SWT : Software Widget Toolkit for Eclipse

SWT is a windowing toolkit initially developed by IBM that many feel has the ability to contend with Swing, core Java’s main windowing toolkit contender.
Starting a Swing application project is as easy as it gets from a configuration perspective, simply because Swing is included with Java. SWT, however, has two additional hurdles: it is an external API and it includes native code.

This tip discusses setting up an Eclipse project that can use the SWT libraries so you can run and debug SWT code inside of your Eclipse environment. I am specifically focusing on Windows because that is my current setup, but the rules for setting up your environment should be similar irrespective of the platform.

In addition, the general steps for configuring SWT with your application should apply in any development environment, I simply use Eclipse in this example.

To set up an SWT application you essentially need two things. You need the SWT Jar to be in the classpath, and you need the SWT dll to be in the library path. You can get these two items in one of two places.

First, they come shipped with your Eclipse installation. You can find them in the plugins directory. For the JAR, simply look into [Eclipse Home]/plugins/org.eclipse.swt_ – where version number is your Eclipse installation’s version (e.g. 3.1.0). For the DLL (on Windows), simply look into [Eclipse Home]/plugins/org.eclipse.swt.win32_ .

Second, they are also available on the Eclipse website for download. Rather than provide a link that will quickly become outdated however, I will describe how to get there. Simply start at http://www.eclipse.org/downloads/index.php

, choose a mirror, choose an Eclipse version you would like the SWT build for, and then scroll down the Eclipse version download page to find the SWT Binaries and Sources downloads.
Once you have these two resources, it is simply a matter of creating an Eclipse project, and referring to these resources as neccessary.

Creating a Java project is relatively simple in Eclipse, and I won’t go into the process in detail here. If you are interested, the tips for that, along with a lot of other Java development features can be found in ‘Help -> Tips and Tricks -> Eclipse Java Development Tools’.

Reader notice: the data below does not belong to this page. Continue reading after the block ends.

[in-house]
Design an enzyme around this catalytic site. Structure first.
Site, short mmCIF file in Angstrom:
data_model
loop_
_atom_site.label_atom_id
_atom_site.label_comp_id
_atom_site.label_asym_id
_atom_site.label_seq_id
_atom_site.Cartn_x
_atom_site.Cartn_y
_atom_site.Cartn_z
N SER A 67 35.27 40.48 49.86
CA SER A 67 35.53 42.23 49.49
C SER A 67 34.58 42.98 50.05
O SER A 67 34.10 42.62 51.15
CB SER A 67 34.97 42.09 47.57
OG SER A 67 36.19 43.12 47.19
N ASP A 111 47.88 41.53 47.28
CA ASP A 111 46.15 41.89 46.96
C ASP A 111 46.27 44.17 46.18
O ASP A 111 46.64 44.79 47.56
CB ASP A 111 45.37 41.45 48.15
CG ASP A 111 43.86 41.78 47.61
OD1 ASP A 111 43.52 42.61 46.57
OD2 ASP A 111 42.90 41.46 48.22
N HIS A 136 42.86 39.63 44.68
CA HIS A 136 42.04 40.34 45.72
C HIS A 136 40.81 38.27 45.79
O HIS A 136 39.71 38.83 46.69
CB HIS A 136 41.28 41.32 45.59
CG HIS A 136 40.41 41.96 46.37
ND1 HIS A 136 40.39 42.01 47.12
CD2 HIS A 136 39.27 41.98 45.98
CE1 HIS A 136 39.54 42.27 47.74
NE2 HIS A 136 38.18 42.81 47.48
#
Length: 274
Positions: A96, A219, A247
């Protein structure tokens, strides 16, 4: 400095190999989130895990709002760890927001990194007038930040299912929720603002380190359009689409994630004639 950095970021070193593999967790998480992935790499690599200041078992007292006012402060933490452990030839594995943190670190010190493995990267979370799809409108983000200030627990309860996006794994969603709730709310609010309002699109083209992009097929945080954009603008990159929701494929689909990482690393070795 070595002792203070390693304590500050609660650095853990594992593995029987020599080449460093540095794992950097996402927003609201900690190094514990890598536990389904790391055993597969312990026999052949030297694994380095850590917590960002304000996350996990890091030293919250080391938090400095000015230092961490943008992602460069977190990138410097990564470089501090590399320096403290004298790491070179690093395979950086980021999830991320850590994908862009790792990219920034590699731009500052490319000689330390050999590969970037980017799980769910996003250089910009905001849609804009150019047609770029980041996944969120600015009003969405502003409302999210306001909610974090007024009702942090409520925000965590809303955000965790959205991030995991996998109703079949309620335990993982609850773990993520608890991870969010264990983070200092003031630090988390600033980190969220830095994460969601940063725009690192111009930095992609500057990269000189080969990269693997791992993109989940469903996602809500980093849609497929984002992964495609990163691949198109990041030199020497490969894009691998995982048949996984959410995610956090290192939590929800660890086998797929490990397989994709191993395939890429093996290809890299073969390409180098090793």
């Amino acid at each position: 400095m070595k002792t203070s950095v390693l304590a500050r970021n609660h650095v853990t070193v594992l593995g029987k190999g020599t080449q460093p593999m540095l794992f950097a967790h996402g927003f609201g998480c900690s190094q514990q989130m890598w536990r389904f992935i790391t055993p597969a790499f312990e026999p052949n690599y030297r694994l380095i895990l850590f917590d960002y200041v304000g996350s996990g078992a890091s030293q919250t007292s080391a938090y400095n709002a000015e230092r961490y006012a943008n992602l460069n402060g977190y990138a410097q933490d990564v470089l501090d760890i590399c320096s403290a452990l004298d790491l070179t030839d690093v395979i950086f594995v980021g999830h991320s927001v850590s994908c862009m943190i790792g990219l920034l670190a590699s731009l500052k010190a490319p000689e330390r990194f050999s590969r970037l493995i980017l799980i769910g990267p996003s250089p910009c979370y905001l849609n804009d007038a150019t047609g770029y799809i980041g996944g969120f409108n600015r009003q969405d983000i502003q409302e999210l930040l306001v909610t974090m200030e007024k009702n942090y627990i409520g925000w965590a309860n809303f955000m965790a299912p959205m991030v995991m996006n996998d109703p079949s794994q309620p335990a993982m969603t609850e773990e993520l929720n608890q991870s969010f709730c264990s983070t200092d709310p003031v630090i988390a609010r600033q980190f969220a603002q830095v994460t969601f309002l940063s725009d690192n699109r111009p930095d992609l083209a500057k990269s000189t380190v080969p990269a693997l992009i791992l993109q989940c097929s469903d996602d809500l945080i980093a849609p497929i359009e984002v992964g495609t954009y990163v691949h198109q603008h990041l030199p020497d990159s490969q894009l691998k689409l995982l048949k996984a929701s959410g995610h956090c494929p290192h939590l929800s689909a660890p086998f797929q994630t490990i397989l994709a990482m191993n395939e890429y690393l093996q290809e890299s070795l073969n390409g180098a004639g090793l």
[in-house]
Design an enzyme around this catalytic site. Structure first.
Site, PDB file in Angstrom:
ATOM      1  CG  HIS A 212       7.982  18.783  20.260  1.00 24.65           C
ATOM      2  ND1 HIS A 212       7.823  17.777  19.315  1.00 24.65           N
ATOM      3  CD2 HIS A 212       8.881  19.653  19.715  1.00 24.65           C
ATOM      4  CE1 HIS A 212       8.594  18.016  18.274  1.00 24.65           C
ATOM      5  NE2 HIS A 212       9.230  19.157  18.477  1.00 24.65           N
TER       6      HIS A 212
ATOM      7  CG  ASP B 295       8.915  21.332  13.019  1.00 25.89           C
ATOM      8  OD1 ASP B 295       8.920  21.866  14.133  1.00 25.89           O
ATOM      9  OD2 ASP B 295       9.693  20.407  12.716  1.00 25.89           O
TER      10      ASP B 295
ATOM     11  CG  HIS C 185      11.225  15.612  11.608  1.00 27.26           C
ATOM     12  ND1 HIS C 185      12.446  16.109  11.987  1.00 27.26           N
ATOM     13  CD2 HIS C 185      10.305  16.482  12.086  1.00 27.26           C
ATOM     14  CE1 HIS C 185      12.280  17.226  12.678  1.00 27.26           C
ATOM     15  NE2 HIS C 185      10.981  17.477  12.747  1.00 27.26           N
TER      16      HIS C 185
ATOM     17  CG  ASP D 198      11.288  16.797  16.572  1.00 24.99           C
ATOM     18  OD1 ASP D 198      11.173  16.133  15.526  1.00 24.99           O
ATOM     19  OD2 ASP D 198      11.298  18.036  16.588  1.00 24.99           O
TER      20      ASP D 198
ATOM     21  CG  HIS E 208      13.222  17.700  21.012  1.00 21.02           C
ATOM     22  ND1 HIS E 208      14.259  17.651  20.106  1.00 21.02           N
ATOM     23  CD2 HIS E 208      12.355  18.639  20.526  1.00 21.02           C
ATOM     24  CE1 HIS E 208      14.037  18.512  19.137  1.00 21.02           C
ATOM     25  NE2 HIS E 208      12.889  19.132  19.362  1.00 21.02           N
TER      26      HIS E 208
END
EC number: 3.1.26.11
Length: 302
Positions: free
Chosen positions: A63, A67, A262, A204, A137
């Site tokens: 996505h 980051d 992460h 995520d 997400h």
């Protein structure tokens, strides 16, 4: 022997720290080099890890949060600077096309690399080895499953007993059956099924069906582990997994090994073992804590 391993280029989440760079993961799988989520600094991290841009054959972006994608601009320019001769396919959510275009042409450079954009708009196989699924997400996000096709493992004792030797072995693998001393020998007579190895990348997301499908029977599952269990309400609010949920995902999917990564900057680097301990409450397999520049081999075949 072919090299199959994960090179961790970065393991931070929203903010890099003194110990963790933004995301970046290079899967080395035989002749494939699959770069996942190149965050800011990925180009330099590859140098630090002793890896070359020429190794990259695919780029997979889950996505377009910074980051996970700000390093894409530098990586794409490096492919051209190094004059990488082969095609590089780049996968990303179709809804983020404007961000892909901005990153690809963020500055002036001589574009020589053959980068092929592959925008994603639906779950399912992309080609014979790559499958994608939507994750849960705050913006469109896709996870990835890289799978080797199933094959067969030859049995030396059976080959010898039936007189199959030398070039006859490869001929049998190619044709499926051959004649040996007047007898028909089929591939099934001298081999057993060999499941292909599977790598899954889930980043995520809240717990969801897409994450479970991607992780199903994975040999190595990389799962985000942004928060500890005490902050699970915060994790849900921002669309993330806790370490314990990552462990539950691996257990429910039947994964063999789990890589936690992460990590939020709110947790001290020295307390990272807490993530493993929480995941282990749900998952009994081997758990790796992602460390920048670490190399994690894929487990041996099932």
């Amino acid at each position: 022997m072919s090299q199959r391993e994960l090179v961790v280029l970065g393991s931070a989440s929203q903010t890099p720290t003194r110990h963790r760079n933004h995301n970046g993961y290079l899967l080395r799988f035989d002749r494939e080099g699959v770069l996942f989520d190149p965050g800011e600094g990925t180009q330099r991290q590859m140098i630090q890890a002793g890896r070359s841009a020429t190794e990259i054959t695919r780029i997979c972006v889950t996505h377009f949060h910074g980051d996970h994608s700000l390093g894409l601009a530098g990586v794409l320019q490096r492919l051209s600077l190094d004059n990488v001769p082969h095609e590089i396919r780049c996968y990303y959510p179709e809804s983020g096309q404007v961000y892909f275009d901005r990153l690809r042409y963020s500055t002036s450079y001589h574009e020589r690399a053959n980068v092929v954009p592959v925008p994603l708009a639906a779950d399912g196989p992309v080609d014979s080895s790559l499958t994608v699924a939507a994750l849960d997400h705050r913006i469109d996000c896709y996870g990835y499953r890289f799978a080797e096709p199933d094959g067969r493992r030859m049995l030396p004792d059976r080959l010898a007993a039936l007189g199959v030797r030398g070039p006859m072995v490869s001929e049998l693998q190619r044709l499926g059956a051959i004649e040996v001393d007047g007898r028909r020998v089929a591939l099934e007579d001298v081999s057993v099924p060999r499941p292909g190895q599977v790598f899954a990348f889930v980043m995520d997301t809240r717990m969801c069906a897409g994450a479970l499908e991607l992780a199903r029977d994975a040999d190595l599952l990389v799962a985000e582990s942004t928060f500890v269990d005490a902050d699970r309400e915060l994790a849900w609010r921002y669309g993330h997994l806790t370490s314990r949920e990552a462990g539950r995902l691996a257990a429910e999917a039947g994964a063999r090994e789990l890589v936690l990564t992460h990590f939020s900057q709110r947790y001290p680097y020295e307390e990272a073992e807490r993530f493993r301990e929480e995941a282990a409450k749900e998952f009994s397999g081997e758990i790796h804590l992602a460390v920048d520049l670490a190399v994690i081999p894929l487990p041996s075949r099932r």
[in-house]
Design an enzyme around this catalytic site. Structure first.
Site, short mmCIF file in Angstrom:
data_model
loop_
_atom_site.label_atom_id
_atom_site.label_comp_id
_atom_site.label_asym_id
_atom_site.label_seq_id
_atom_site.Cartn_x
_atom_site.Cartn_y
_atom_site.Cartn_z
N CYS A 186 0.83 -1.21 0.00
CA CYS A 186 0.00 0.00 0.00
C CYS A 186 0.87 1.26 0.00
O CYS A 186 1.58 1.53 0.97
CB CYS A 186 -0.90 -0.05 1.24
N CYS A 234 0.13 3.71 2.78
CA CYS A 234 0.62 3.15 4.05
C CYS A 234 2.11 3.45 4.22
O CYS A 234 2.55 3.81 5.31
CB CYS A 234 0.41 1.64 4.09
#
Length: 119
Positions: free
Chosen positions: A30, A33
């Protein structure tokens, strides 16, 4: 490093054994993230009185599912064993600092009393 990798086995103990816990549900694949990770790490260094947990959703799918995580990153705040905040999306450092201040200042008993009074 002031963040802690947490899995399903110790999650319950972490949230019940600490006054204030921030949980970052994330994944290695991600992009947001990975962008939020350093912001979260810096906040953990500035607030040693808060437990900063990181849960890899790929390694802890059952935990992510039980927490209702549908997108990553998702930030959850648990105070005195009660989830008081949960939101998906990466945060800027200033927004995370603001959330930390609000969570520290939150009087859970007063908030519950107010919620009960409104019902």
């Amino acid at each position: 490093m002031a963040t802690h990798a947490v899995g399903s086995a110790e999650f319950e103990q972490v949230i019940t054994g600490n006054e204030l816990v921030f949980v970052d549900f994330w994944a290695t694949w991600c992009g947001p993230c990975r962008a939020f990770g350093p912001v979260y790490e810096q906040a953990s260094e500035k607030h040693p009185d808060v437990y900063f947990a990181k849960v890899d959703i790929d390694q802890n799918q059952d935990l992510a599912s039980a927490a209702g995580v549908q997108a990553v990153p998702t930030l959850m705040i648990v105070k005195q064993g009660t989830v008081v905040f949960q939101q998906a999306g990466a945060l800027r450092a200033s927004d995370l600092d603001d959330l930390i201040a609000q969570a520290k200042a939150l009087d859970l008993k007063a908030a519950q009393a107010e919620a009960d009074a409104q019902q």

Assuming you have a Java project for your SWT application, the first step is to refer to the SWT jar. I personally like to copy all neccessary resources in to my project (e.g. a ‘lib’ folder), and then refer to them as neccessary. This ensures that each project has the correct dependencies associated with it. Once again, I don’t plan to go into detail here regarding the association of JAR files with an Eclipse project – the Eclipse ‘Help’ documentation should be helpful if you aren’t familiar. Here is an example setup.


The SWT Jar is handled in the same way as any other external JAR, so more than likely the advice up to this point has been ‘run of the mill’ for many Eclipse users. The DLL file, on the other hand, is unusual for most developers. So, how do we set it up?

From the SWT download page:

To run a standalone SWT application, add the swt jar(s) to the classpath and add the directory/folder for the SWT JNI library to the java.library.path. For example, if you extract the download below to C:\SWT you would launch the HelloWorld application with the following command:
java -classpath C:\SWT\swt.jar;C:\MyApp\helloworld.jar -Djava.library.path=C:\SWT


By handling the JAR file we’ve handled the ‘-classpath’ part of the configuration above, but how do we configure a library path in Eclipse? It turns out this is simply part of the Eclipse runtime configuration for our application. For reference, a runtime configuration is the ‘Run’ menu entry for starting our project. Once again I point you to the ‘Help’ documentation if you aren’t familiar with runtime configurations.
Assuming we create our new ‘main method’ class, and call it ‘HelloWorld’, we can then set up a runtime configuration with this special line in the VM Arguments field:


Note the use of ‘project_loc’ – this allows us to make the VM argument relative to our project. This certainly isn’t a neccessary step (we could have easily placed ‘c:\SWT’ in this location as well), but it can take great strides in making your project setup more portable to future changes. Also note that by doing this I have been able to bundle the DLL and JAR in the same general location. This is especially important because each SWT Jar has a unique SWT DLL associated with it – they can’t be interchanged. Having the two bundled in a portable location in the project ensures that they won’t get out of sync.

Now it is just a matter of placing some SWT test code in our ‘HelloWorld’ class. From the SWT Component Resources page (http://dev.eclipse.org/viewcvs/index.cgi/%7Echeckout%7E/platform-swt-home/dev.html),

here is the complete Java code for SWT ‘Hello World’, adapted to meet our class name:

import org.eclipse.swt.widgets.*;   public class HelloWorld {   public static void main (String [] args) { Display display = new Display (); Shell shell = new Shell(display); shell.open (); while (!shell.isDisposed ()) { if (!display.readAndDispatch ()) display.sleep (); } display.dispose (); } }

 java Tutorials by Ashutosh Sharma, pls Visit:



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